Exceptional Wigmore Hall recital by Christian Gerhaher and Gerold Huber

United KingdomUnited Kingdom Holliger, Wolf, R. Schumann, and Schoeck: Christian Gerhaher (baritone), Gerold Huber (piano). Wigmore Hall, London, 12.2.2023. (MB)

Christian Gerhaher (baritone) and Gerold Huber (piano) © Simon Jay Price

Holliger – Elis
Wolf – Abendbilder
Holliger – Lunea
R. Schumann – Vier Husarenlieder, Op.117; Sechs Gedichte von N. Lenau und Requiem, Op.90
Schoeck – Elegie, Op.36: ‘An den Wind’; ‘Herbstgefühl’[ ‘Verlorenes Glück’; ‘Das Mondlicht’; ‘Herbstentschluss’; ‘Welke Rose’

Any recital from Christian Gerhaher is likely to be special; offering a range of quite unusual repertoire, Heinz Holliger’s Lunea written for and dedicated to Gerhaher, this was no exception. It opened, though, with a rare solo spot for Gerhaher’s long-term collaborator, pianist Gerold Huber, and early (1961, revised 1966) Holliger. Gerhaher reading the three Georg Trakl texts on which Elis’s three short piano pieces, ‘Verkündigung des Todes’, ‘Todesangst und Gnade’, and ‘Himmelfahrt’, are based, even providing his own English translation for the programme sheet. Strikingly post-Schoenbergian harmony characterised the first, though its musical gestures worked differently. The soundworld of the second sounded later, more post-Webern, if you will, indeed surely marked by Holliger’s contemporary study with Boulez, albeit with a Germanic accent. ‘Himmelfahrt’, as its name might suggest, seemed in some sense both to reconcile and to go beyond. These aphoristic nocturnes emerged pregnant with emotion, gesture, and – who knows – perhaps ‘meaning’ too.

Hugo Wolf’s Abendbilder (again early, 1877) followed, without a break. In context, the piano prelude to the first of the three songs sounded Romantically consoling, yet not unrelated: an excellent starting point for our Wolfram von Eschenbach, sorry Gerhaher, to sing, the sincerity as well as beauty of his delivery striking from the outset, likewise command of detail without pedantry. All three Nikolaus Lenau ‘pictures’ rightly formed part of a greater whole, whilst happily going on their own, sometimes pastoral, ways. It was difficult not to marvel at the different shades and colours of Gerhaher’s voice, poetically deployed, a sinking wanness as the sun set (‘Bald versinkt die Sonne’), an example in point. Shades of Schumann and Liszt in language and performance contextualised without overwhelming.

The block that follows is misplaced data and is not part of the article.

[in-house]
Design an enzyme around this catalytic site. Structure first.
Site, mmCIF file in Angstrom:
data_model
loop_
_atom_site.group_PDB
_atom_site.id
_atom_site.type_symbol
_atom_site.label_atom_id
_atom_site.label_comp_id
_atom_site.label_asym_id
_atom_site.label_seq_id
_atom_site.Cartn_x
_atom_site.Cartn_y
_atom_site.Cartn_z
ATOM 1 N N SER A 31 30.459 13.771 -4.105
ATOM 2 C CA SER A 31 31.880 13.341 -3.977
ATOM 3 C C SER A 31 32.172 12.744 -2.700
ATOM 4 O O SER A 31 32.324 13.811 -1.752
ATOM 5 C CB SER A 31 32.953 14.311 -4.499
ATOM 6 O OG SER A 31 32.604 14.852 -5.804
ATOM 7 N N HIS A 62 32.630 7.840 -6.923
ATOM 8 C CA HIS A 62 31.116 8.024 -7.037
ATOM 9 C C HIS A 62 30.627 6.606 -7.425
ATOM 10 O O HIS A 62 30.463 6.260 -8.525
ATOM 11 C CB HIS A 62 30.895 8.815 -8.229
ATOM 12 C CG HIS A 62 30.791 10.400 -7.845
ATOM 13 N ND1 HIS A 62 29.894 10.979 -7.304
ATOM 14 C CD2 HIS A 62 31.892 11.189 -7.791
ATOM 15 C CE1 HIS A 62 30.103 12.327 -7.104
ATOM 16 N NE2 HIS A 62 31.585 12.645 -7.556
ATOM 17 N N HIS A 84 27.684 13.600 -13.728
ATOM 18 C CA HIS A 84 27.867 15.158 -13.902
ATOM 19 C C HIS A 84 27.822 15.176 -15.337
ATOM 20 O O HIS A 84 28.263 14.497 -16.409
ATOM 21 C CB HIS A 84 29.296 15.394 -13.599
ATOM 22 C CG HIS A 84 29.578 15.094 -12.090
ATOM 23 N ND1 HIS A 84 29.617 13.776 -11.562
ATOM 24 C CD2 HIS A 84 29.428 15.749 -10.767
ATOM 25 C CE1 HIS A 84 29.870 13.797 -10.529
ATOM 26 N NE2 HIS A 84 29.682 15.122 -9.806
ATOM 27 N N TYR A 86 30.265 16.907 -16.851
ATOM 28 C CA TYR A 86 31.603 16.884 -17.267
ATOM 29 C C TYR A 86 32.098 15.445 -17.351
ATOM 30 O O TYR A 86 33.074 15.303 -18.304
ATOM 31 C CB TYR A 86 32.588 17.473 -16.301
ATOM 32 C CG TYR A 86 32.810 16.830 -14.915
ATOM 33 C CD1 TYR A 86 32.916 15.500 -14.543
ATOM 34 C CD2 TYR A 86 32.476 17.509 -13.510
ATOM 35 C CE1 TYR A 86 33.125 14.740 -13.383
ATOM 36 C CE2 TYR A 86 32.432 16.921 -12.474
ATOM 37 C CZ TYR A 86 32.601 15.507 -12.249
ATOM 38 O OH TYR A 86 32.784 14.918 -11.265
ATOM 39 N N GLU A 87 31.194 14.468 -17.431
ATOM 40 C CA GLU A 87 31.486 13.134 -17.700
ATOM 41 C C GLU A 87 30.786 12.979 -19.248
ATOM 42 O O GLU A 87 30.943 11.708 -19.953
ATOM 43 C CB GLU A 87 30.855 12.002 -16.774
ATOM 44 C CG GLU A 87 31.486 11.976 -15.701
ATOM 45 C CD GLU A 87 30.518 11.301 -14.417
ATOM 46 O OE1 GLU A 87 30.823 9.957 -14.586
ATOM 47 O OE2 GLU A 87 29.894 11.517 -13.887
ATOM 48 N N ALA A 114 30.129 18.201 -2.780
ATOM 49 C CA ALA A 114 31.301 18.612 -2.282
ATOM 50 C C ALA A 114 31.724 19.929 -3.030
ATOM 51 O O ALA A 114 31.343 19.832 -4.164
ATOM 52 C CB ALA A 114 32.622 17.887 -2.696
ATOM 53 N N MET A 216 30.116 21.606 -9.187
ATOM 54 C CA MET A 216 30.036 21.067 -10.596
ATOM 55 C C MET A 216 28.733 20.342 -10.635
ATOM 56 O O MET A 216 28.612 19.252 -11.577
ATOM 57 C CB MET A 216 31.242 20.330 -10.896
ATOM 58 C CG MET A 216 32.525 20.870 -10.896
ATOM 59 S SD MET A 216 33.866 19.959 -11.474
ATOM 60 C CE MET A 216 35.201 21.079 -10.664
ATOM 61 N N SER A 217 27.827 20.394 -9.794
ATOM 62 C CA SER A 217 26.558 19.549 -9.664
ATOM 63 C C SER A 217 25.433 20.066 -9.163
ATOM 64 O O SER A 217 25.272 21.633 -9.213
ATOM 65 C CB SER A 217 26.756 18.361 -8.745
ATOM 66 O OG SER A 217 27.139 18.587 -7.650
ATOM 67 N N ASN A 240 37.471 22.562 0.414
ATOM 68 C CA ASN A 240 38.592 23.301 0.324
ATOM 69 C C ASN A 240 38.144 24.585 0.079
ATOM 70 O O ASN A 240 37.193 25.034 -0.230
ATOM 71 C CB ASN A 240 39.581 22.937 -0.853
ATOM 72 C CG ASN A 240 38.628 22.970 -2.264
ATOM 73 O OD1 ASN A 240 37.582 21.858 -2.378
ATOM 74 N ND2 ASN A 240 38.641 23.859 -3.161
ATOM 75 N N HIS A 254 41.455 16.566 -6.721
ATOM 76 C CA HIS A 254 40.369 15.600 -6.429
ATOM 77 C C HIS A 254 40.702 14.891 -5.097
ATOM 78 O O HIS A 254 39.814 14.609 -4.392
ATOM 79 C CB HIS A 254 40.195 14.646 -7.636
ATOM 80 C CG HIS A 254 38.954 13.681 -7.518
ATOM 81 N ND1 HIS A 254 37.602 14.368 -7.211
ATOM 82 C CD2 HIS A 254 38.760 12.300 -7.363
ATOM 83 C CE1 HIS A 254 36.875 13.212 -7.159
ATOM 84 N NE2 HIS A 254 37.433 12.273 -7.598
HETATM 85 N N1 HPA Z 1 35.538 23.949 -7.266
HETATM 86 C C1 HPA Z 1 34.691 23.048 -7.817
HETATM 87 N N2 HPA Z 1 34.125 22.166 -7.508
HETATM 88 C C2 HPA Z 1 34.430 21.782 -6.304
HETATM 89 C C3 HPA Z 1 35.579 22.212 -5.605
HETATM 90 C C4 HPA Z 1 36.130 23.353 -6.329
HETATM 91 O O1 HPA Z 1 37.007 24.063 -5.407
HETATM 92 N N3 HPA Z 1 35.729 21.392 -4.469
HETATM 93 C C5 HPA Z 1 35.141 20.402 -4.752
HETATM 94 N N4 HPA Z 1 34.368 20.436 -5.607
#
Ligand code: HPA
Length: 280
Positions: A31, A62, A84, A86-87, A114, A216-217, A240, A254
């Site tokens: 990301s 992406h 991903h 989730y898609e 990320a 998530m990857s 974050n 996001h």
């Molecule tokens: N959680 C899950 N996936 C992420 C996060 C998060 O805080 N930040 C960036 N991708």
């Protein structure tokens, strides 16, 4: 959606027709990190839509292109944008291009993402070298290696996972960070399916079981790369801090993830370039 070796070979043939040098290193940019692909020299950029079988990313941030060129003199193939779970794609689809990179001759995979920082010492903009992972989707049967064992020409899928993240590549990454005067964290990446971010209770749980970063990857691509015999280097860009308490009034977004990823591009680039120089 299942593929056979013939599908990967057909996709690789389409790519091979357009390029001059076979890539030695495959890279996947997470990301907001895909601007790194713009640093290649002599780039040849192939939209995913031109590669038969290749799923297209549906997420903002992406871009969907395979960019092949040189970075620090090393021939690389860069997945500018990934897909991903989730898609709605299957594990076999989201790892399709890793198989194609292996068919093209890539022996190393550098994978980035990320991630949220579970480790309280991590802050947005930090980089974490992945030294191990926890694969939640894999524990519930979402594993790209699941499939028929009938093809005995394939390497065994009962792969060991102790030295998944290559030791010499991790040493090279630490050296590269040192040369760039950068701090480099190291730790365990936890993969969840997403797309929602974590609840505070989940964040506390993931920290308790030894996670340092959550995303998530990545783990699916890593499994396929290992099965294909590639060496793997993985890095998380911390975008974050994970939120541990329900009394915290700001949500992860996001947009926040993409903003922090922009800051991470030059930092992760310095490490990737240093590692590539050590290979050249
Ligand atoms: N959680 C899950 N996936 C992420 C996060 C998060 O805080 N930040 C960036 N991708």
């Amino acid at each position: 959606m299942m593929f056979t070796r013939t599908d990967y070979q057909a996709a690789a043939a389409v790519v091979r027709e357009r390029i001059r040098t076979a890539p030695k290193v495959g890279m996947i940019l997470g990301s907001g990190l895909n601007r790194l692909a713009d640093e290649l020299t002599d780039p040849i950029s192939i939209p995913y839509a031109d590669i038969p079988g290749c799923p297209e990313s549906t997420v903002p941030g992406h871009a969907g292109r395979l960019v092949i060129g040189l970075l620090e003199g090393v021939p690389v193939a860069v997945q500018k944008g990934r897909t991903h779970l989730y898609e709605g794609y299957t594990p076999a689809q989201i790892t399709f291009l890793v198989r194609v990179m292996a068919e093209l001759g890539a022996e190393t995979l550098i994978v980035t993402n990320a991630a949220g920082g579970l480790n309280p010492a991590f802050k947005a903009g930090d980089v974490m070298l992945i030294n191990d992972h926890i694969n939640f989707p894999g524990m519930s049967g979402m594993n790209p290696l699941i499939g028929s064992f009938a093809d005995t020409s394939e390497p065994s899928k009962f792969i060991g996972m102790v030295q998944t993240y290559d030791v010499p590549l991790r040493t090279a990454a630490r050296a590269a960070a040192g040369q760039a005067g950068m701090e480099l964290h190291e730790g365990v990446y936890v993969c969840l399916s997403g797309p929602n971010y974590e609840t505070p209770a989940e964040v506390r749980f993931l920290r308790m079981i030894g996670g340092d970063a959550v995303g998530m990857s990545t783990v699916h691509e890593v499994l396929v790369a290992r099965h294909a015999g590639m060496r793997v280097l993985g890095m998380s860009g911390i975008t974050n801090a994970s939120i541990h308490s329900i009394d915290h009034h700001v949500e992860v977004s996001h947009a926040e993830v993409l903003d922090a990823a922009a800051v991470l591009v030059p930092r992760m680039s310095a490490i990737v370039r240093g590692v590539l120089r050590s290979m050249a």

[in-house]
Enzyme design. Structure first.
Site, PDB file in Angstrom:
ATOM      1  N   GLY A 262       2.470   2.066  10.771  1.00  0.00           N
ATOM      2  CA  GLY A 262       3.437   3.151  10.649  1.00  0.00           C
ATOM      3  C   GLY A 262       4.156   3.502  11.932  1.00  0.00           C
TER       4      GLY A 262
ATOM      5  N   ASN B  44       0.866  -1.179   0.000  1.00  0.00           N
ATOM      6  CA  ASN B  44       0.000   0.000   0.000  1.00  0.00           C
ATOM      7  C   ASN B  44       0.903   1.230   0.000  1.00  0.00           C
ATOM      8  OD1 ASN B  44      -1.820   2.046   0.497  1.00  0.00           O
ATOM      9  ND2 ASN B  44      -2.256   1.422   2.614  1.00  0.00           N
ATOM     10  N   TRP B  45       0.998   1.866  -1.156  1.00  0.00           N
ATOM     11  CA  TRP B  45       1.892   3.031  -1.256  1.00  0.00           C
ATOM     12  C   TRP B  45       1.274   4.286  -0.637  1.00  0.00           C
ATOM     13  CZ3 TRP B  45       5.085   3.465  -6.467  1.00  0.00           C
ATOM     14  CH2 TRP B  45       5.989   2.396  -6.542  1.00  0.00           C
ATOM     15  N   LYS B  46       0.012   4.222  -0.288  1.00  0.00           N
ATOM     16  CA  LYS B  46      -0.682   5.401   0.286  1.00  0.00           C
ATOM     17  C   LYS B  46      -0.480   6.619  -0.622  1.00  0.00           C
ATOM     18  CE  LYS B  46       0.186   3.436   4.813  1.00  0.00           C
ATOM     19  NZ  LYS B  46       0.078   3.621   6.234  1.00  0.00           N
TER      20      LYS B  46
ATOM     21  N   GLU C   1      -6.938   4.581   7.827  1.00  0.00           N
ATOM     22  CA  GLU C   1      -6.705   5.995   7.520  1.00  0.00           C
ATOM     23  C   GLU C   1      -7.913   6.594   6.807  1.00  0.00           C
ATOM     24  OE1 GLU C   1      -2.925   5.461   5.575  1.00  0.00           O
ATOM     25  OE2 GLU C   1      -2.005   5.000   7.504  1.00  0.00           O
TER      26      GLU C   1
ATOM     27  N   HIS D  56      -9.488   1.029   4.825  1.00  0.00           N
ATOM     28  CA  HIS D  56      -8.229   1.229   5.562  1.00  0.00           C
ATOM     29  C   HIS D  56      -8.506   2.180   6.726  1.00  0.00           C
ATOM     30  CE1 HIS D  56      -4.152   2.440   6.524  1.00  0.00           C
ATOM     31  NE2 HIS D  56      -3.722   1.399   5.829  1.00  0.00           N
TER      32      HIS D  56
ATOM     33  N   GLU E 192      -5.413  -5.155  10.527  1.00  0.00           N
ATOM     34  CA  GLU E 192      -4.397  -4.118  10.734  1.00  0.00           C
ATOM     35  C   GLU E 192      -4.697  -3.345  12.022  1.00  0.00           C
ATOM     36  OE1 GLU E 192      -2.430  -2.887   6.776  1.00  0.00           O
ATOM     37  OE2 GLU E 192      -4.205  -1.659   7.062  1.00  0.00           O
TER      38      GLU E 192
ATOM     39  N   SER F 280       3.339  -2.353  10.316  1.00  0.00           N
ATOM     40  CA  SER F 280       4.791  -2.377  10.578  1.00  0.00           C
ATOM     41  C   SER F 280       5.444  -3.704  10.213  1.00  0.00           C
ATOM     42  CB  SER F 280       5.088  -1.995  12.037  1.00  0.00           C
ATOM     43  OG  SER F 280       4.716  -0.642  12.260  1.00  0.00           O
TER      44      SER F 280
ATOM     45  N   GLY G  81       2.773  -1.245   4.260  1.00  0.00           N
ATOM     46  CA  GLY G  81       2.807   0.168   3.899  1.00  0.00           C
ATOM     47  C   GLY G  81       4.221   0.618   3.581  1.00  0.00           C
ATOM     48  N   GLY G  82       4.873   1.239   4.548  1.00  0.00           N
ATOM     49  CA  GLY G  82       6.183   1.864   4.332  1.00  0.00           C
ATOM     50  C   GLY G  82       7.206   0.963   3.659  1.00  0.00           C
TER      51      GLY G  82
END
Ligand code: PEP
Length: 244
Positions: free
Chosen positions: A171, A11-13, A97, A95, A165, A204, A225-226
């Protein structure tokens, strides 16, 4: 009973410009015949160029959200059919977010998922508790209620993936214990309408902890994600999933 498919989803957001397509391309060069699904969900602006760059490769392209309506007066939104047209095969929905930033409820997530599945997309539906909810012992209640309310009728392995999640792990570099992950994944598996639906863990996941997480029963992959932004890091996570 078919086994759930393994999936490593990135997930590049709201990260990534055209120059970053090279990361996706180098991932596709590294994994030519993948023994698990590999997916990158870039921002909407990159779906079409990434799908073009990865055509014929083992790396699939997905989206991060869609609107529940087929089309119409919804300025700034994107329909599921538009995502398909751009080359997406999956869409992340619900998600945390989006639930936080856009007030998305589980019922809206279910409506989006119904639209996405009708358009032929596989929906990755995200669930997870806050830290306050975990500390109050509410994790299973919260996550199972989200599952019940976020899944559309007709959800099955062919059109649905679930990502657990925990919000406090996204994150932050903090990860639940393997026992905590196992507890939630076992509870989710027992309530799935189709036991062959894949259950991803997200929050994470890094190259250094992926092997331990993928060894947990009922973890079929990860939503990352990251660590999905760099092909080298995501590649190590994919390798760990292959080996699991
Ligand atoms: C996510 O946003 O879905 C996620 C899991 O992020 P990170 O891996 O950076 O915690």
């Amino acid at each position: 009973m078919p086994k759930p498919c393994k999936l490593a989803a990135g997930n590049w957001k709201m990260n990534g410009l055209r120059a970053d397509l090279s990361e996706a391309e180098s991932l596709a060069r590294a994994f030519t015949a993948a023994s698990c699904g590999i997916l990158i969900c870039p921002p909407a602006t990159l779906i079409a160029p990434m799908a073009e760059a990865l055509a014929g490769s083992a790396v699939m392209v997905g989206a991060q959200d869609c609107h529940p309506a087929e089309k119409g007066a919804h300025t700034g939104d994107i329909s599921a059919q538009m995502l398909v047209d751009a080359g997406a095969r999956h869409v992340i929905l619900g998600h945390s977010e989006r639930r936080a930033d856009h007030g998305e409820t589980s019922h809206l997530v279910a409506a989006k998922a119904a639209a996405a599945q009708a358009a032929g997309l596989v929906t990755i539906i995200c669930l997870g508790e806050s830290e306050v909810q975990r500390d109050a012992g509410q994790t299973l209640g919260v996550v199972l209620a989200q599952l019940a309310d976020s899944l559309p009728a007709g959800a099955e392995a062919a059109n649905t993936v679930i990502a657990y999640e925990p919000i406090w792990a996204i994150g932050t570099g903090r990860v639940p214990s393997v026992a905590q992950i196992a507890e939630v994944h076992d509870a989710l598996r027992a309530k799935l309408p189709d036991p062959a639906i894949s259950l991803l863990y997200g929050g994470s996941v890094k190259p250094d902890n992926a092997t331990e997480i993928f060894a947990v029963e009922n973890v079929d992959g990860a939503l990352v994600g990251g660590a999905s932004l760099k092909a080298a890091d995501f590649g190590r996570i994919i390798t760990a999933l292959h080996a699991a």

We remained with Lenau for Holliger’s Lunea, written from 2009-10, though only premiered at Zurich’s Opera House in 2013 (also the venue five years later for the premiere of Holliger’s opera of the same name, featuring Gerhaher, reworking these settings ‘like chorales in a Bach Passion’). Notably more gestural than what we had previously heard, it yet remains – and, in performance, remained – within the noble Lied tradition. Twenty-two Lenau sentences and a short poem, ‘Einklang’, in memory of Johann Baptist Mayrhofer form a striking cycle that must surely have won the composer new admirers here in London. Gerhaher’s acuity of verbal and musical response seemed ideally suited. That range of colour was now married to a greater range of general delivery, sometimes unabashed song, sometimes recitation, often somewhere in between; extended piano techniques such as bowing the strings acted similarly. Searching melismata unsettled, lit up, even amused, as instances of wordpainting (‘Ein Tropfen im Stein’) worked something like their traditional magic of recognition. Wonderfully nomadic harmony illuminated Lenau’s Wüstenwanderer, prior to that neo-Schubertian postlude of ‘Einklang’.

I struggle to find Schumann’s Lenau Husarenlieder among his more compelling work, but they received stylish, commanding performances, with a fine degree, where required, of Schwung. Rhythms were well-pointed, and Gerhaher, rightly, I think, permitted a word-driven approach. In a selection of six songs from Othmar Schoeck’s Elegie, four to texts by Lenau, Gerhaher imparted a strong sense, even in the others’ absence, of its character as a whole, yet equally individual character to individual songs. Musical process was clear, courtesy above all of the piano, in ‘Das Mondlicht’. The performance as a whole was subtly surprising: no shocks, yet deeply satisfying provided one offered musical attention.

The final Schumann set showed the composer, at least some of the time, recapturing the infinitely touching spirit of his youth. Gerhaher and Huber offered plenty of variety in the opening, strophic blacksmith’s song, but it was the ensuing ‘Meine Rose’ that played on the heartstrings. Was that perhaps a sense of Schumann influenced by Wagner, or simply memories of Gerhaher’s Wolfram? At any rate, it brought tears to my eyes. So too did the sense of youthful anticipation in ‘Die Sennin’, whilst ‘Einsamkeit’ and ‘Der schwere Abend’ both turned from disquieting ambiguity to ultimate sadness. The final ardour of the strange ‘Requiem’, offered us flame that flickered both in defiance and reconciliation, perhaps like the Lied tradition’s persistence unto Holliger (and beyond?) ‘Zweifeldner Wunsch’ from Schoeck’s Elegie made for a fitting encore, concluding and continuing a line of subtle questioning.

Mark Berry

Leave a Comment